Shenandoah National Park

Shenandoah National Park, located in north Virginia, lies in the Blue Ridge portion of the Appalachian Mountains. The long, narrow park runs north to south, with the Shenandoah River to the west and the Virginia Piedmont hills to the east. Authorized in 1926, the park wasn't officially established until 1935.

The park's ecology consists mainly of heavily forested areas with hickory trees, oak trees, pine trees, and colorful swaths of wildflowers between spring and fall. Wildlife in the park includes deer, bears, foxes, squirrels, and a wide variety of birds.

One highlight of the park is Skyline Drive, a 105-mile highway that runs the length of the park and offers stunning views of the Shenandoah Valley to the west and the Piedmont to the east. As the main road through the park, it's also used for biking and horseback riding, and it provides access to hiking trails, campgrounds, visitor centers, and resorts and lodging throughout the park. The park does charge an entrance fee at all access points to the drive.

The park offers plenty of attractions and activities for visitors. The Appalachian National Scenic Trail, a popular hiking route, runs roughly parallel to Skyline Drive throughout the park. There are more than 500 miles of hiking trails to enjoy. Fishing in one of more than 70 mountain streams is another popular draw, although fisherman must be careful to adhere to preservation regulations. There are numerous spots for backcountry camping. Other more passive activities include stargazing, wildlife viewing & photography, leaf peeping, and visiting informative, interactive exhibits around the park.

Various waysides throughout the park offer opportunities for dining, lodging, and nightly entertainment.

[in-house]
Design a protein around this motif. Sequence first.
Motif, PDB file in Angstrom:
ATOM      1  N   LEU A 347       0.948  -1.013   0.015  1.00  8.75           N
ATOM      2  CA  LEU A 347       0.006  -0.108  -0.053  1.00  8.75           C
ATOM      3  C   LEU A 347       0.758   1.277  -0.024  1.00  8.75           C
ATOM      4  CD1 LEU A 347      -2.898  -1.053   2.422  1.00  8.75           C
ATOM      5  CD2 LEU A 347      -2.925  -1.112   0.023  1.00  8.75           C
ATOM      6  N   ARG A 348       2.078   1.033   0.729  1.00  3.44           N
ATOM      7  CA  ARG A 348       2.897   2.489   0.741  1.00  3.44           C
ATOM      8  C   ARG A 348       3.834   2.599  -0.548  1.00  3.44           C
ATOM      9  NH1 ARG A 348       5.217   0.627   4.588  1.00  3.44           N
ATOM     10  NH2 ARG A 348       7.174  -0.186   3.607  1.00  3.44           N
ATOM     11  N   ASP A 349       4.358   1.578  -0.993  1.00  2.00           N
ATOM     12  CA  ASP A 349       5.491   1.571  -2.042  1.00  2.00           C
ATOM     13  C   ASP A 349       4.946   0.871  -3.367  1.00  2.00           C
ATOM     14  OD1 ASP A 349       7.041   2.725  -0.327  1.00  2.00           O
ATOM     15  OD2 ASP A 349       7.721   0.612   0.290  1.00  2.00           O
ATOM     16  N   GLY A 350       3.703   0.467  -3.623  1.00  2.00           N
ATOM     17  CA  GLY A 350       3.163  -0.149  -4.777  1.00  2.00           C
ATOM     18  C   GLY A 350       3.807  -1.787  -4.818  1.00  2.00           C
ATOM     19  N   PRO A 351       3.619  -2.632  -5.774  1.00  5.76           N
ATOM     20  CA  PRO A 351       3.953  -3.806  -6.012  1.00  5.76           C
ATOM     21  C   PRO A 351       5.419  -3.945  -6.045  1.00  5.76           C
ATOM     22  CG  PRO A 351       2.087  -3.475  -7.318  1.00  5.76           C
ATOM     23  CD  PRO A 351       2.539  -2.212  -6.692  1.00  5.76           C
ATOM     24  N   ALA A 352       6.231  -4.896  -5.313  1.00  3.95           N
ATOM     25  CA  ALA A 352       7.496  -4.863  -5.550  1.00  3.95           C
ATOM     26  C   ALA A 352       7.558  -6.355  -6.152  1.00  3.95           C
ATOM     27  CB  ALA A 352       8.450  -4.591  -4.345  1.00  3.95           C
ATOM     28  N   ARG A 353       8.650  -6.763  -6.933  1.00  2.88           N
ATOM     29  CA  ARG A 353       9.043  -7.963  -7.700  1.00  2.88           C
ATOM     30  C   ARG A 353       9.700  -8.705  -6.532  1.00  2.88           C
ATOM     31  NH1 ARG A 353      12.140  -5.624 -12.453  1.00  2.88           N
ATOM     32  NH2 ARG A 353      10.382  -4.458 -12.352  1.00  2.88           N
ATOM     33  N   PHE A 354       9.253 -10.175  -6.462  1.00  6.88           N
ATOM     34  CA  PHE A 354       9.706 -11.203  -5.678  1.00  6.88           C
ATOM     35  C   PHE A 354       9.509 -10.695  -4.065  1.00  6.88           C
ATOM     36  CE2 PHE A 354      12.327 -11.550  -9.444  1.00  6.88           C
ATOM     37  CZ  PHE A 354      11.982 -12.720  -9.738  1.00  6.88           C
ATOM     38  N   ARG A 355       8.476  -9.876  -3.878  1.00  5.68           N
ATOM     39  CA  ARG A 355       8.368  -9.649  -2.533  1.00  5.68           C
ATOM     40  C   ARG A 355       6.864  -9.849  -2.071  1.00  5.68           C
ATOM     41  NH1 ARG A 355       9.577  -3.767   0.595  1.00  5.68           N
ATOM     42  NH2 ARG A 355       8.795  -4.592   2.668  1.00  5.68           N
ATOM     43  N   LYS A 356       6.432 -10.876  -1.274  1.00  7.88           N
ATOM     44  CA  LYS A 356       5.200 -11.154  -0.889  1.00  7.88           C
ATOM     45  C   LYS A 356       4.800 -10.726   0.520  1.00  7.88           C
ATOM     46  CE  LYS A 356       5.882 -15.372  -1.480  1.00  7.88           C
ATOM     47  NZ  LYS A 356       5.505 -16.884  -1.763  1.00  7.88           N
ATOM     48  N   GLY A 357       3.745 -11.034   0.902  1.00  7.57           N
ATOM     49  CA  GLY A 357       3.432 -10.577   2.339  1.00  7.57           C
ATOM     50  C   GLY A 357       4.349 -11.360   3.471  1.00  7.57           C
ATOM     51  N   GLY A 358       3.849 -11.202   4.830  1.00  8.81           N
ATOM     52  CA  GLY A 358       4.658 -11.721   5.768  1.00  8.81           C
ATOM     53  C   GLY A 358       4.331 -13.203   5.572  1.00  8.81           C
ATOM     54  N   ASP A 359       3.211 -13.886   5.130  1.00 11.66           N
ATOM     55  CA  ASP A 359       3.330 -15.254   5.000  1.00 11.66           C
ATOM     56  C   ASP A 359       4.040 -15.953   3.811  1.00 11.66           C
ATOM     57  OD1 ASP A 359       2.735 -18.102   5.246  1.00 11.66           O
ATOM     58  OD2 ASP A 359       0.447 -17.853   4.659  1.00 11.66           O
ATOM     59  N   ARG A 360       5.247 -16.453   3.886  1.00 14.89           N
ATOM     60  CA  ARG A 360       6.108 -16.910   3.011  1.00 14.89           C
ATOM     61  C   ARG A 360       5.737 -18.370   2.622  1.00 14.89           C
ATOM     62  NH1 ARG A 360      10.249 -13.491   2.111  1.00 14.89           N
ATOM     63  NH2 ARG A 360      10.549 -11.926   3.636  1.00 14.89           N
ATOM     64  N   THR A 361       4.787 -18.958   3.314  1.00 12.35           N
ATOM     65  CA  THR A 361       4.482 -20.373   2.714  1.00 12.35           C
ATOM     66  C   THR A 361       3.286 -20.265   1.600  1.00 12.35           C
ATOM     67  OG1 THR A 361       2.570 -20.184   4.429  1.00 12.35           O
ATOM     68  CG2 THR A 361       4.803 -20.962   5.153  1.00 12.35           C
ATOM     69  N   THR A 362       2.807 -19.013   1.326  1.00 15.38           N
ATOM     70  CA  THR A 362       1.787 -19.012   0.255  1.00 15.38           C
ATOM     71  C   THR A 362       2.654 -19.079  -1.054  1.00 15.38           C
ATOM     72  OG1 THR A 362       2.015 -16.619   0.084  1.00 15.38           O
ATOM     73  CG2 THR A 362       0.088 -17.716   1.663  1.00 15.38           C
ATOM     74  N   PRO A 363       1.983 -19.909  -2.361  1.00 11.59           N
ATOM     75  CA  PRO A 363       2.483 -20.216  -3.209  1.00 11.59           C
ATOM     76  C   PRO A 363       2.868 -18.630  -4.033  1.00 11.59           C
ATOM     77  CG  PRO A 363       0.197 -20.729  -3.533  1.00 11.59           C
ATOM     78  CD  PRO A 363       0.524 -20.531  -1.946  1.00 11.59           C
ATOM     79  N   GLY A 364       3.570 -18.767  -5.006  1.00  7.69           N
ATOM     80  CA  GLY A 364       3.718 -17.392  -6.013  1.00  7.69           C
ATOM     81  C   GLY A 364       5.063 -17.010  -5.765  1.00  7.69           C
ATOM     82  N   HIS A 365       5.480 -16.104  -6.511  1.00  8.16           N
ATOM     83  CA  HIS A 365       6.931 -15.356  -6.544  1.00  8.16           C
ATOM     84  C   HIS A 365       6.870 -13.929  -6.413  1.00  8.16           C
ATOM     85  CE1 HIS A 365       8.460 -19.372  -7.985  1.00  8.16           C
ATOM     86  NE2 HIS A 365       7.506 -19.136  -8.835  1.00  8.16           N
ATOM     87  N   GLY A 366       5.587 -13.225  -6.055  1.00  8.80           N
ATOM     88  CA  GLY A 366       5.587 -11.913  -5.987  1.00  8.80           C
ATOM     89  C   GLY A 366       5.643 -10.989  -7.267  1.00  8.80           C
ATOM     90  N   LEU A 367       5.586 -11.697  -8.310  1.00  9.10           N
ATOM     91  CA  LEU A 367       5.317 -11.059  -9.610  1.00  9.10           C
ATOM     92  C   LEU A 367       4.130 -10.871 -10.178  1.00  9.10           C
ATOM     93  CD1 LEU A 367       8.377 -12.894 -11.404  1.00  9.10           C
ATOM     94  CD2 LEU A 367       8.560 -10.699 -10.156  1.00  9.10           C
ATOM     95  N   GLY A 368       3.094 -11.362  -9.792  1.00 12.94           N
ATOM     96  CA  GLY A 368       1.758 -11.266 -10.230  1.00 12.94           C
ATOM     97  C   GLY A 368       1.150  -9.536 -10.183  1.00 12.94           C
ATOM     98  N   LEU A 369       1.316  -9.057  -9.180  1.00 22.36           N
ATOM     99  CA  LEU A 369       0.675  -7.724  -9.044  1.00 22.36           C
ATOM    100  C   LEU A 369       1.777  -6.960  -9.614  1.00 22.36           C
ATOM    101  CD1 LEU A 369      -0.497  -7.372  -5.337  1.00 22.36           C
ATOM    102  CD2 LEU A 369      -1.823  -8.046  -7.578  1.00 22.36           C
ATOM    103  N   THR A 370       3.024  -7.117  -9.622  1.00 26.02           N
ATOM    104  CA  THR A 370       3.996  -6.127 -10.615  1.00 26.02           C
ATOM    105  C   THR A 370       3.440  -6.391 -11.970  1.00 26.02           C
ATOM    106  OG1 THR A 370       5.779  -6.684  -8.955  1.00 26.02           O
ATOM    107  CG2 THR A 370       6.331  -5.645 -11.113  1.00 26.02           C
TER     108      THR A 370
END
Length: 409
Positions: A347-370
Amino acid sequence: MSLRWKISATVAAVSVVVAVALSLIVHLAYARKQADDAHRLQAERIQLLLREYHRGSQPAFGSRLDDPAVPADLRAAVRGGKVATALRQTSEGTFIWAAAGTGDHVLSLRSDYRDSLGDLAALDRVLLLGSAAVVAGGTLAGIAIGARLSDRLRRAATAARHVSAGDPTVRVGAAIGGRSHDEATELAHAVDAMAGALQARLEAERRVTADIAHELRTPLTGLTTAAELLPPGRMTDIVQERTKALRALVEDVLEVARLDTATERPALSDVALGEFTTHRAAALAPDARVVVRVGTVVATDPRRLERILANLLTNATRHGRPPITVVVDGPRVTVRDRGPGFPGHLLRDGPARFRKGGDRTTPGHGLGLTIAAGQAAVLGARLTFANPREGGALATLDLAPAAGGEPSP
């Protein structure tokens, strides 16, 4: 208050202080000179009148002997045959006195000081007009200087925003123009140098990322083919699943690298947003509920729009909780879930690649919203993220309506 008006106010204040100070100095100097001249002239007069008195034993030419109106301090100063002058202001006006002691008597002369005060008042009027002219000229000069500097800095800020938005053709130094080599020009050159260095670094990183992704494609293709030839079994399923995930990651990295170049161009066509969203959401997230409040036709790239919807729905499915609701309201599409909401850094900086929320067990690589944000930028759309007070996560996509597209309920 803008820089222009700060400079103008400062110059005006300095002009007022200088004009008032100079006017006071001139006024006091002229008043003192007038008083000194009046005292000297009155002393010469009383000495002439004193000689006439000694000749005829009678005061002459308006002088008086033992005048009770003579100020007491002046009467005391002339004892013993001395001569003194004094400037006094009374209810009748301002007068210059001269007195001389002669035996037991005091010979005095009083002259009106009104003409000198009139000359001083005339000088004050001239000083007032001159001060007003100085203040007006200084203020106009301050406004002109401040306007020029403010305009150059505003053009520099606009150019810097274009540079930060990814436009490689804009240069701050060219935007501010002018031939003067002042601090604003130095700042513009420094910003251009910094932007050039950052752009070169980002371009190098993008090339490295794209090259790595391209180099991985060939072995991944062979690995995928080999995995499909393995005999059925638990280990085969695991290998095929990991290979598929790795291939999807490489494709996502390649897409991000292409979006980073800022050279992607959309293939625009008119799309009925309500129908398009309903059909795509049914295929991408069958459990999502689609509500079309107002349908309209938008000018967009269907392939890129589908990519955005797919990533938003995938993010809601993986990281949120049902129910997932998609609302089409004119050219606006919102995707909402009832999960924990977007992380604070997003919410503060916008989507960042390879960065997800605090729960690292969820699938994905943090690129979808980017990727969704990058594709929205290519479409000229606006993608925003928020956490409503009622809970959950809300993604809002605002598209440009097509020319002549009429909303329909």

Cuyahoga Valley National Park

Cuyahoga Valley National Park, located in northeastern Ohio, stretches along the Cuyahoga River between Akron and Cleveland. It was founded as a National Recreation Area in 1974 and gained National Park status in 2000. It's unique among American national parks in that it's located near two large cities and contains a bustling network of roads, small towns, city parks, and private businesses and attractions.

The park's ecology includes forests, hills, wetlands, rivers, and more than 100 waterfalls. The most visited waterfall is Brandywine Falls, which lies within easy walking distance of a parking area and stands as the park's tallest waterfall at 65 feet. More than 125 miles of hiking trails range from beginner to expert levels and pass through a variety of natural habitats. The Ohio & Erie Canal Towpath Trail is flat, paved, and provides scenic views for hikers and bicyclists alike. The trail has been known to flood, so check for updates regarding its accessibility. Several trails are also designated as horse trails, although there are no horse rental locations or guided tours provided.

The Cuyahoga River is a popular spot for canoeing and kayaking. Canoers or kayakers should bring their own equipment and be aware that the National Park Service does not maintain the river for recreational use. Fishing for steelhead trout and bullhead is another of the park's most popular draws. The park does encourage a catch-and-release policy to maintain the river's fish population.

Cuyahoga Valley also offers winter sports attractions like snowshoeing, cross-country skiing, ice fishing, sledding, downhill skiing, and snow tubing. Again, if you're considering participating in any potentially hazardous activities, we recommend purchasing hazardous sports travel insurance to keep yourself covered.